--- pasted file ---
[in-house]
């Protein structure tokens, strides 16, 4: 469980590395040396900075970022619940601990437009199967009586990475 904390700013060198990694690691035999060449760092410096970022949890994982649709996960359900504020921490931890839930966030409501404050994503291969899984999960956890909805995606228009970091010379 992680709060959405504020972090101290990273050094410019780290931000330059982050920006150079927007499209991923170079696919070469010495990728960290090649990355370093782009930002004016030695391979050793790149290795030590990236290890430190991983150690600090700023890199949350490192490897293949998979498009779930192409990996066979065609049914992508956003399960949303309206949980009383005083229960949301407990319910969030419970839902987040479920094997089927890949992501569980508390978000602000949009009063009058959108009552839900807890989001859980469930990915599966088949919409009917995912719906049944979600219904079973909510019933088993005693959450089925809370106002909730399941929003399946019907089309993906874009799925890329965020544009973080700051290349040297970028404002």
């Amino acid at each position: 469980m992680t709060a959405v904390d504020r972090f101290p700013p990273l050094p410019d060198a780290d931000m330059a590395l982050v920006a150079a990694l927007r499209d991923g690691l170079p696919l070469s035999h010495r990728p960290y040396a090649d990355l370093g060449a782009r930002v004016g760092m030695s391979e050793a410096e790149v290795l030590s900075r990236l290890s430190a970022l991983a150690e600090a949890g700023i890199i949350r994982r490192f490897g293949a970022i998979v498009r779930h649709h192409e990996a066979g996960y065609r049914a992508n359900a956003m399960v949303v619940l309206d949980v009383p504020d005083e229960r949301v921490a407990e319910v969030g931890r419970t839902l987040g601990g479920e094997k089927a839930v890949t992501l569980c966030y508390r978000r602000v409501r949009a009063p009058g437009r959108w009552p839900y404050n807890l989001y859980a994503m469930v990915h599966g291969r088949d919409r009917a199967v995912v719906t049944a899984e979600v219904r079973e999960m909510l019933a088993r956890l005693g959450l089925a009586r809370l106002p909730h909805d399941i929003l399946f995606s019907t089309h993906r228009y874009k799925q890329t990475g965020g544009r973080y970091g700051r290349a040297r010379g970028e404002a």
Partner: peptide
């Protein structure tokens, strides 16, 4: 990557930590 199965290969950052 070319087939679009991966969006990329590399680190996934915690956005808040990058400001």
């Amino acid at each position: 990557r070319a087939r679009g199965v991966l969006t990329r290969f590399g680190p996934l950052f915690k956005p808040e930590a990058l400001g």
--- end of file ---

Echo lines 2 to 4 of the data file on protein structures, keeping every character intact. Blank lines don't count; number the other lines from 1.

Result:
């Protein structure tokens, strides 16, 4: 469980590395040396900075970022619940601990437009199967009586990475 904390700013060198990694690691035999060449760092410096970022949890994982649709996960359900504020921490931890839930966030409501404050994503291969899984999960956890909805995606228009970091010379 992680709060959405504020972090101290990273050094410019780290931000330059982050920006150079927007499209991923170079696919070469010495990728960290090649990355370093782009930002004016030695391979050793790149290795030590990236290890430190991983150690600090700023890199949350490192490897293949998979498009779930192409990996066979065609049914992508956003399960949303309206949980009383005083229960949301407990319910969030419970839902987040479920094997089927890949992501569980508390978000602000949009009063009058959108009552839900807890989001859980469930990915599966088949919409009917995912719906049944979600219904079973909510019933088993005693959450089925809370106002909730399941929003399946019907089309993906874009799925890329965020544009973080700051290349040297970028404002």
């Amino acid at each position: 469980m992680t709060a959405v904390d504020r972090f101290p700013p990273l050094p410019d060198a780290d931000m330059a590395l982050v920006a150079a990694l927007r499209d991923g690691l170079p696919l070469s035999h010495r990728p960290y040396a090649d990355l370093g060449a782009r930002v004016g760092m030695s391979e050793a410096e790149v290795l030590s900075r990236l290890s430190a970022l991983a150690e600090a949890g700023i890199i949350r994982r490192f490897g293949a970022i998979v498009r779930h649709h192409e990996a066979g996960y065609r049914a992508n359900a956003m399960v949303v619940l309206d949980v009383p504020d005083e229960r949301v921490a407990e319910v969030g931890r419970t839902l987040g601990g479920e094997k089927a839930v890949t992501l569980c966030y508390r978000r602000v409501r949009a009063p009058g437009r959108w009552p839900y404050n807890l989001y859980a994503m469930v990915h599966g291969r088949d919409r009917a199967v995912v719906t049944a899984e979600v219904r079973e999960m909510l019933a088993r956890l005693g959450l089925a009586r809370l106002p909730h909805d399941i929003l399946f995606s019907t089309h993906r228009y874009k799925q890329t990475g965020g544009r973080y970091g700051r290349a040297r010379g970028e404002a």
Partner: peptide